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Links 1 through 10 of 52 by Michaela Hackner tagged technology

Words cannot begin to describe the shock in the wake of this week's tragic events in Haiti. I know I am far from alone in feeling that way. What I can put into words at this time are my thoughts on how we can accelerate relief to those in need: By establishing a network by which humanitarian agencies in the region can communicate with each other and the outside world.

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International aid workers are scrambling to rebuild communications in Haiti following the devastating Jan. 12 earthquake, while people outside the country are using high-tech means to raise money for relief.

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WASHINGTON (AFP) – Online maps, mobile phone donations, wikis and a slew of websites are being deployed as telecoms firms, technology giants and startups set aside their rivalries and put the latest tools to work to help earthquake-ravaged Haiti.

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hings fall apart; the center cannot hold. Facebook, the online social grid, could not command loyalty forever. If you ask around, as I did, you’ll find quitters. One person shut down her account because she disliked how nosy it made her. Another thought the scene had turned desperate. A third feared stalkers. A fourth believed his privacy was compromised. A fifth disappeared without a word.

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A short-term study of Twitter has found that 40% of the messages sent via it are "pointless babble."

Carried out by US market research firm Pear Analytics, the study aimed to produce a snapshot of what people do with the service.

Almost as prevalent as the babble were "conversational" tweets that used it as a surrogate instant messaging system.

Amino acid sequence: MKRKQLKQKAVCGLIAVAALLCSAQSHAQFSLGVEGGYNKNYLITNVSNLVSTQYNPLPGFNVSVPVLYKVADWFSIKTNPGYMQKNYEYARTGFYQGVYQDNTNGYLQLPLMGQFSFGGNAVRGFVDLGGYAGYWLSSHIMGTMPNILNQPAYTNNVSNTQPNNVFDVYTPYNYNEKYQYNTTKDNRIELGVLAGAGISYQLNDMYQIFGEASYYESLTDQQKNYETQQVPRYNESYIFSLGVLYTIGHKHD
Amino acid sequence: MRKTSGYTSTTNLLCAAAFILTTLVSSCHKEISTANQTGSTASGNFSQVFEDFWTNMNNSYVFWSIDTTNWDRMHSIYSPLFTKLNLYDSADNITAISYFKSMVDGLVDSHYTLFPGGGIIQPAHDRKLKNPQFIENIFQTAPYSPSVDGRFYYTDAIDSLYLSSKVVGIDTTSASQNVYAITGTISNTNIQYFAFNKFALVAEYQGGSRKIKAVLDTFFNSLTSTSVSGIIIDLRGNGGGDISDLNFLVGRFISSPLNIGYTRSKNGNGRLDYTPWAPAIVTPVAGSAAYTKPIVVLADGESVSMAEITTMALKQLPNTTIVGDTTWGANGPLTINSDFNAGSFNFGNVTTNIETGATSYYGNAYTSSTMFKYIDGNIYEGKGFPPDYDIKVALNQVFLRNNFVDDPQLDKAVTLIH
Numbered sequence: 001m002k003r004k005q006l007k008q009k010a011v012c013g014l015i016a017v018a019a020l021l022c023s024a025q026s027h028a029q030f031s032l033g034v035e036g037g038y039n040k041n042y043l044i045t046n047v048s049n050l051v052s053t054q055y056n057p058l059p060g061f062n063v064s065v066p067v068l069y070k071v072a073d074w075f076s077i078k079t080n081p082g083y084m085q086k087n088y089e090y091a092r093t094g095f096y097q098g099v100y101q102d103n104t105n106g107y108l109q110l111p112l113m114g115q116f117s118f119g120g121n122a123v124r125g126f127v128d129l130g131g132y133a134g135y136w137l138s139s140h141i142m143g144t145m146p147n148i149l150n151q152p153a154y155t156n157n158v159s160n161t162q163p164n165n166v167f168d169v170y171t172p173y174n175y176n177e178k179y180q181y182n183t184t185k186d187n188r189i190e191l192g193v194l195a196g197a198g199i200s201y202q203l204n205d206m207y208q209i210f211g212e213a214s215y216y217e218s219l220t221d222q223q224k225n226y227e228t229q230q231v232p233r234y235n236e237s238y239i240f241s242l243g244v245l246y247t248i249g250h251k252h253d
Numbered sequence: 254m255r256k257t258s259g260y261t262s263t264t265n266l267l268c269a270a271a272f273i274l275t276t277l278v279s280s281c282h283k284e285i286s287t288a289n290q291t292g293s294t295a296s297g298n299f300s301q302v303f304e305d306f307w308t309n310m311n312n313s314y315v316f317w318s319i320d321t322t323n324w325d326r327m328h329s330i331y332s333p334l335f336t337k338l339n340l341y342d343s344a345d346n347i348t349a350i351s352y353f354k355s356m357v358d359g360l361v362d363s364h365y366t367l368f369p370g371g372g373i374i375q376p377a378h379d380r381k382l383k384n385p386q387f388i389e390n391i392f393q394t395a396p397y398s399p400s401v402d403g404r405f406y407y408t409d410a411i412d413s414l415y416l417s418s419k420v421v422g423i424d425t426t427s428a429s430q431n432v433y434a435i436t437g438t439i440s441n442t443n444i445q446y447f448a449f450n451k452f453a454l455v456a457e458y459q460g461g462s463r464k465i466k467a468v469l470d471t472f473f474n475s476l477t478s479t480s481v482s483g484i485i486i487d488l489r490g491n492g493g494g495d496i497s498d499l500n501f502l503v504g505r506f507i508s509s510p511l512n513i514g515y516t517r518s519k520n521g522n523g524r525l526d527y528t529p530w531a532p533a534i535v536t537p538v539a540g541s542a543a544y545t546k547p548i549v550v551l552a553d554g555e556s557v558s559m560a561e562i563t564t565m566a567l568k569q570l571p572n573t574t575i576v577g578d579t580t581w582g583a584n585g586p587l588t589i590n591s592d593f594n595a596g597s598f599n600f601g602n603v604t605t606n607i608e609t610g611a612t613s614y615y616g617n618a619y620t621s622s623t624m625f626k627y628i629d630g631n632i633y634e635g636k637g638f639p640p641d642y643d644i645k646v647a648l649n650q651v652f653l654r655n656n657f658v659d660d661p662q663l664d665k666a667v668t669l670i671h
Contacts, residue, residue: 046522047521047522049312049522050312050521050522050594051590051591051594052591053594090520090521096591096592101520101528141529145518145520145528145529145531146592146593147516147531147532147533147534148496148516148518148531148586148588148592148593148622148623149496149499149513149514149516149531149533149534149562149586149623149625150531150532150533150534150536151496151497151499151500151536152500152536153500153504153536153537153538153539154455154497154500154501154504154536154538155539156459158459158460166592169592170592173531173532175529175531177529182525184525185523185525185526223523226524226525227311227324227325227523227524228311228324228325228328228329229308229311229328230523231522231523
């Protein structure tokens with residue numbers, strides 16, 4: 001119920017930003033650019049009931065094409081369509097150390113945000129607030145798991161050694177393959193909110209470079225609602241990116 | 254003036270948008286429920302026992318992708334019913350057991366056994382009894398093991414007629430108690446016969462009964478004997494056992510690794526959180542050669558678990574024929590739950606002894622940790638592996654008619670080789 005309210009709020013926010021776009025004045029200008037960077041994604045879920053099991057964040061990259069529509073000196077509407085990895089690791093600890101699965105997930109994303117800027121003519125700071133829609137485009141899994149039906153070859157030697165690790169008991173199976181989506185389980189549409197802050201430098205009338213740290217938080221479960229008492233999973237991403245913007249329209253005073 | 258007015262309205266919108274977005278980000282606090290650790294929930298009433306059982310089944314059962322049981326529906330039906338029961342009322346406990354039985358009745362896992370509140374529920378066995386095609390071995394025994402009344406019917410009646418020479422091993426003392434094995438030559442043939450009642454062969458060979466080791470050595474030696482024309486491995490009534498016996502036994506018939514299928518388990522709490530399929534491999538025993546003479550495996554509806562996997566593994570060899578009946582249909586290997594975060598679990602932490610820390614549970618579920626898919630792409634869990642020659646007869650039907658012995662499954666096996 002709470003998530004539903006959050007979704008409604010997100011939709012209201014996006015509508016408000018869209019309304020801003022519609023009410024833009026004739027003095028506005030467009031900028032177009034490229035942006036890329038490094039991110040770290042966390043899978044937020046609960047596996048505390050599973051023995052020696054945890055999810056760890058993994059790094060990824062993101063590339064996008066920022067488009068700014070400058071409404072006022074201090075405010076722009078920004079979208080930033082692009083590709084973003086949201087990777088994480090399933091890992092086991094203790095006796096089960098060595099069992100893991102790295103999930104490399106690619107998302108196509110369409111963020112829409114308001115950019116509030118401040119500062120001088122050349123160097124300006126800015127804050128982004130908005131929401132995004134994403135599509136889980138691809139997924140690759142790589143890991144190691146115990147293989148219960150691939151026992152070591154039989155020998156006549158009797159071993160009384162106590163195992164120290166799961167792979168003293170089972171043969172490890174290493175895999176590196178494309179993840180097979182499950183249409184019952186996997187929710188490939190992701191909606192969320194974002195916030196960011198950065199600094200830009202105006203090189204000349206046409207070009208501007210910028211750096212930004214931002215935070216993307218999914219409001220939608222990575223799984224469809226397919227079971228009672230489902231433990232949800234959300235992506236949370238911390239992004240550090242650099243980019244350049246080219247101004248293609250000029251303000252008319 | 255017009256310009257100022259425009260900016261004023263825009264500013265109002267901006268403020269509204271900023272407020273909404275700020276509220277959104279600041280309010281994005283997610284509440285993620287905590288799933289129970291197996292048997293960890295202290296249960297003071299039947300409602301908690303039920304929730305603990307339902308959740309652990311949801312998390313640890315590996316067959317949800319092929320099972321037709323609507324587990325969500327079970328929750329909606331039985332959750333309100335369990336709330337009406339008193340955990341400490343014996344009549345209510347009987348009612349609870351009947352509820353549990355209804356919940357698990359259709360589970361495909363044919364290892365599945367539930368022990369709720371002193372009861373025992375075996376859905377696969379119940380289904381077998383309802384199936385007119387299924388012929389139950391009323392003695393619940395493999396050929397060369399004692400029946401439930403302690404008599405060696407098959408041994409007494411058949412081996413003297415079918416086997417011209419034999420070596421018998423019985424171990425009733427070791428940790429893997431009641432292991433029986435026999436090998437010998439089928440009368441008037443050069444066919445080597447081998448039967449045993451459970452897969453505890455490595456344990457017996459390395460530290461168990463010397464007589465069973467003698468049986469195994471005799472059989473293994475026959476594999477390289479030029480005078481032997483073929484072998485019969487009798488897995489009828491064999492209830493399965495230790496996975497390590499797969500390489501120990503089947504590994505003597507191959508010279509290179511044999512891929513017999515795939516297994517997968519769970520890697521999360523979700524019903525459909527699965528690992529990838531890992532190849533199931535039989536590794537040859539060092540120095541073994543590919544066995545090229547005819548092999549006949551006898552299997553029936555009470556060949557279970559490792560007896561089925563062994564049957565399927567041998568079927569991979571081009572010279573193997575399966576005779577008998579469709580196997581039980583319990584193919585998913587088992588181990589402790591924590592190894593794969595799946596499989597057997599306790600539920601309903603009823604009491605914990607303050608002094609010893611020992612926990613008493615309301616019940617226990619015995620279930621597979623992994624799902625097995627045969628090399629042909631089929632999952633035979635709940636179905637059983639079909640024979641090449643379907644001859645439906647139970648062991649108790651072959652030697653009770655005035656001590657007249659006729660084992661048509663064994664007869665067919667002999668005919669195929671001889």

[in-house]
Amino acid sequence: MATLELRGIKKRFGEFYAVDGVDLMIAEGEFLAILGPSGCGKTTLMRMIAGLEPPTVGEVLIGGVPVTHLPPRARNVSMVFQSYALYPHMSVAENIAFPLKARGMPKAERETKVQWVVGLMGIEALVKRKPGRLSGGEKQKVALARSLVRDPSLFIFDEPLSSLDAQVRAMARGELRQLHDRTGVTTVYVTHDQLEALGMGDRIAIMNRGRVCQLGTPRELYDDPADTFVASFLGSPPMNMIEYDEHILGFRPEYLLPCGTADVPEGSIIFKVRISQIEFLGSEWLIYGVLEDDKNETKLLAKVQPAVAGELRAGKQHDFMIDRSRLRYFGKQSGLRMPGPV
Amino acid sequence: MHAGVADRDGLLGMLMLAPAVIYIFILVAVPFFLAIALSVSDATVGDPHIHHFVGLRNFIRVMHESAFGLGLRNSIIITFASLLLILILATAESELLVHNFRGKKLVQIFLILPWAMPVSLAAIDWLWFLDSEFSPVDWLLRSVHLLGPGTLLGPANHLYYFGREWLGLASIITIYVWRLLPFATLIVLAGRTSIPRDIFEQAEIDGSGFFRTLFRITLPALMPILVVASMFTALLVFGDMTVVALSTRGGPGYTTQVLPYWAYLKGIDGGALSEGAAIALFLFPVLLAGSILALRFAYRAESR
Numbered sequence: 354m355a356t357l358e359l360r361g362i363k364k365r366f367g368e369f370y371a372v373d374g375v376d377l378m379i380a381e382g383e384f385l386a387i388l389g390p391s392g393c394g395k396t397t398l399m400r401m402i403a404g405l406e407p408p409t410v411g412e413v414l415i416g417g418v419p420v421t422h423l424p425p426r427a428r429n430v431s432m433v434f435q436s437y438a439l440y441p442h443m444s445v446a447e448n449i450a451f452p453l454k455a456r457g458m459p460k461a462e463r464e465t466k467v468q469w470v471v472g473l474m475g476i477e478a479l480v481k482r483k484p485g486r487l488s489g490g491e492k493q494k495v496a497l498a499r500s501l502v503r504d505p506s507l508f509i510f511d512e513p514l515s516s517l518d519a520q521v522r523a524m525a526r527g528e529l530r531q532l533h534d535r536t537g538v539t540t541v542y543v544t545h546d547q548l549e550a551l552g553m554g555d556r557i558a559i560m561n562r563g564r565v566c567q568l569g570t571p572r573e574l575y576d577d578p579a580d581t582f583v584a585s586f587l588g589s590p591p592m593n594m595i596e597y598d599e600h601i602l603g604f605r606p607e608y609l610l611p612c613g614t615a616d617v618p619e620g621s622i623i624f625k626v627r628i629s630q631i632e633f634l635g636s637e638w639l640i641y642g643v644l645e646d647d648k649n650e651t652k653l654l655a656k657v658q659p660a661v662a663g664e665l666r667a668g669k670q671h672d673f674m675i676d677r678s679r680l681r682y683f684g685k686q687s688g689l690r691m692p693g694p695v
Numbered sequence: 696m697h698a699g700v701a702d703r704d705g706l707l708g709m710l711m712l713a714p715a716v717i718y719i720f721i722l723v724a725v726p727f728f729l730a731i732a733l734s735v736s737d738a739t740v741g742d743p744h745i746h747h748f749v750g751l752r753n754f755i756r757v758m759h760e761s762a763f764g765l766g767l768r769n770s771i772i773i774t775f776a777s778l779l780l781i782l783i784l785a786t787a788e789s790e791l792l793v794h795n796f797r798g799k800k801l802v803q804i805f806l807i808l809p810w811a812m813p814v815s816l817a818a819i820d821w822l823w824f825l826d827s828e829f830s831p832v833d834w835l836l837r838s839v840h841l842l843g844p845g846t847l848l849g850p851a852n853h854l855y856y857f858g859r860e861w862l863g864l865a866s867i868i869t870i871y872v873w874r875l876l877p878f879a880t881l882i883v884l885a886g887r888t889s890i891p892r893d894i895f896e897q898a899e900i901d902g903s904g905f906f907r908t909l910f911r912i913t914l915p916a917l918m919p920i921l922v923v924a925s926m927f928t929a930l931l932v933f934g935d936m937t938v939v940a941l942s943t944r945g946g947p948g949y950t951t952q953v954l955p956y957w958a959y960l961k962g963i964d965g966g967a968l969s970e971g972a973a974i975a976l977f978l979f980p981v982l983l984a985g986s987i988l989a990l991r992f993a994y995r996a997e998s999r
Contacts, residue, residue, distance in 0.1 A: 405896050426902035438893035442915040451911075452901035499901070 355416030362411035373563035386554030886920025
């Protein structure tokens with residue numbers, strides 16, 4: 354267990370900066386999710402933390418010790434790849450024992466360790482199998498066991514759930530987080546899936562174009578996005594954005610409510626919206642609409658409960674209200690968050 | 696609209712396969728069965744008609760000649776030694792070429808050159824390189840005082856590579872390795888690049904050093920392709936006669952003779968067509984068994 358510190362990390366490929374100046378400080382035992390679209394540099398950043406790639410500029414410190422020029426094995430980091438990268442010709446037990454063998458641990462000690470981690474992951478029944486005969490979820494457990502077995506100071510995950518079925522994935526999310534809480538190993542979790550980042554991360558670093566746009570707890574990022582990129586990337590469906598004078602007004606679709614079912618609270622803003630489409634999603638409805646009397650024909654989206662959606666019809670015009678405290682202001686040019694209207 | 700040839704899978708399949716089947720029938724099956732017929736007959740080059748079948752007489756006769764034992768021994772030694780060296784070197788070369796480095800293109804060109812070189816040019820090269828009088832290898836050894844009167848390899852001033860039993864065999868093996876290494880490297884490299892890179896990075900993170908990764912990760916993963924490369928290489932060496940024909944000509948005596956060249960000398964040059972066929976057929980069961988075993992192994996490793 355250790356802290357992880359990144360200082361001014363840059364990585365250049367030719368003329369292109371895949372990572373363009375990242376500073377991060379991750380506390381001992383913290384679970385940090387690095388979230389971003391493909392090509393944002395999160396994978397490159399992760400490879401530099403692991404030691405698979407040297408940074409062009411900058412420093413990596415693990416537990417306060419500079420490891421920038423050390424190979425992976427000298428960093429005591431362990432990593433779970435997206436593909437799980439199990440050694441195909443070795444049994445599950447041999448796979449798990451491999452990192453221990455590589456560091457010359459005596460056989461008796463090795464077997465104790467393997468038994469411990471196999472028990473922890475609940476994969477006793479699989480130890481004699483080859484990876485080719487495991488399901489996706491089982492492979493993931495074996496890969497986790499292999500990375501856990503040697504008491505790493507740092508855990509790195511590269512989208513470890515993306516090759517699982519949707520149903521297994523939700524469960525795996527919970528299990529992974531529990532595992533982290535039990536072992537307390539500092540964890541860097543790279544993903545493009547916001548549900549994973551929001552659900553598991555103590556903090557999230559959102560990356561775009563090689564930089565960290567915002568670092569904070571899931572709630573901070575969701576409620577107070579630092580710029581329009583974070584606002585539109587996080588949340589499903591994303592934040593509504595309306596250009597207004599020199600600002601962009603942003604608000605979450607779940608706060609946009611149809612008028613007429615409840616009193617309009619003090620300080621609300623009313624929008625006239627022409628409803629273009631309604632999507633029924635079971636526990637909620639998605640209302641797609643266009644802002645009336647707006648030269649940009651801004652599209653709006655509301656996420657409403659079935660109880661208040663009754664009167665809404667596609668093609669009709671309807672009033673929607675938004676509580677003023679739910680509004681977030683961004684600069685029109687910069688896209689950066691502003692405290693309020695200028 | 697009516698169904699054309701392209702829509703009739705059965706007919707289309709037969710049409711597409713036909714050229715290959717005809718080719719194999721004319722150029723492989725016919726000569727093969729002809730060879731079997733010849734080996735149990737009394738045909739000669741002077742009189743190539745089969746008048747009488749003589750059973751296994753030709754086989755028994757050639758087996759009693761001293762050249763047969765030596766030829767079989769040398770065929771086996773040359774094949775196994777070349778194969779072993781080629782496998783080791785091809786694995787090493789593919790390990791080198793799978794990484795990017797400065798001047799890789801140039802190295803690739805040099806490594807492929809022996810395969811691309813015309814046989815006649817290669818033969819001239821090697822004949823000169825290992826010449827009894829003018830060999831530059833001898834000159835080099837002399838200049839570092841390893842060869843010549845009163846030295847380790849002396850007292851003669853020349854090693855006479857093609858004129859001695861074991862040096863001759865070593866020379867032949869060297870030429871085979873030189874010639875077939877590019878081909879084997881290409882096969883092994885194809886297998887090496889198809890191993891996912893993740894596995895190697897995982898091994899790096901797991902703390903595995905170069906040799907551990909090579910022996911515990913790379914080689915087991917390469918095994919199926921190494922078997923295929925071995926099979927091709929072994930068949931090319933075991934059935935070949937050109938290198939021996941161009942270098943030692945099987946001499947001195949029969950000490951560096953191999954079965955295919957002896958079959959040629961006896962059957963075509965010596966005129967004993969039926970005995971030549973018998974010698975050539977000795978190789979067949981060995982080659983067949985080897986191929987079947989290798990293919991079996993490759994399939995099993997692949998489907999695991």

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If you travel long enough and far enough — like by jet to Johannesburg, by prop plane to northern Botswana and then by bush plane deep into the Okavango Delta — you can still find it. It is that special place that on medieval maps would have been shaded black and labeled: “Here there be Dragons!” But in the postmodern age, it is the place where my BlackBerry, my wireless laptop and even my satellite phone all gave me the same message: “No Service.”

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This year it's Twitter. Last year it was Facebook. The year before it was Second Life. Zoom down from the technologies making headlines and you'll find a much longer list of must-join networks and must-have tools: the iPhone. Delicious. Cloud storage. Digg. LinkedIn. Kindle.

"It seems like there is always another social network to join or another tool I'm supposed to learn. How can I keep up?"

At every talk I give, somebody asks this question. Here's the answer: you can't.

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The Nike+ team — (from left) Trevor Edwards, Michael Tchao, and Stefan Olander — at the company's headquarters in Beaverton, Oregon.
Image: Kate Gibb
Living by Numbers
How to Live by the Numbers: Exercise
How to Live by the Numbers: Nutrition
How to Live by the Numbers: Health
Know Thyself: Tracking Every Facet of Life, From Sleep to Mood to Pain, 24/7/365.

On June 6, 2008, Veronica Noone attached a small sensor to her running shoes and headed out the door. She pressed start on her iPod and began keeping track of every step she took. It wasn't a long run—just 1.67 miles in 18 minutes and 36 seconds, but it was the start of something very big for her.

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Over the past fifteen years, the rise of the World Wide Web has resulted in remarkable new possibilities and business models reshaping our culture and our economy. Now the time has come to reshape government. With the proliferation of issues and a scarcity of resources to address them all, leaders inside and outside government are turning to the principles of participation, collaboration, transparency, and efficiency to address the challenges facing our country and the world. This is the agenda of the Gov 2.0 Summit.

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With Obama in the President’s seat now, and many new people coming into the vast executive branch, they now have an opportunity to revisit their presence on the web and explore the possibilities of getting the American people more interested and more informed about what their government is doing. The hub for all this information is a site known as usa.gov.

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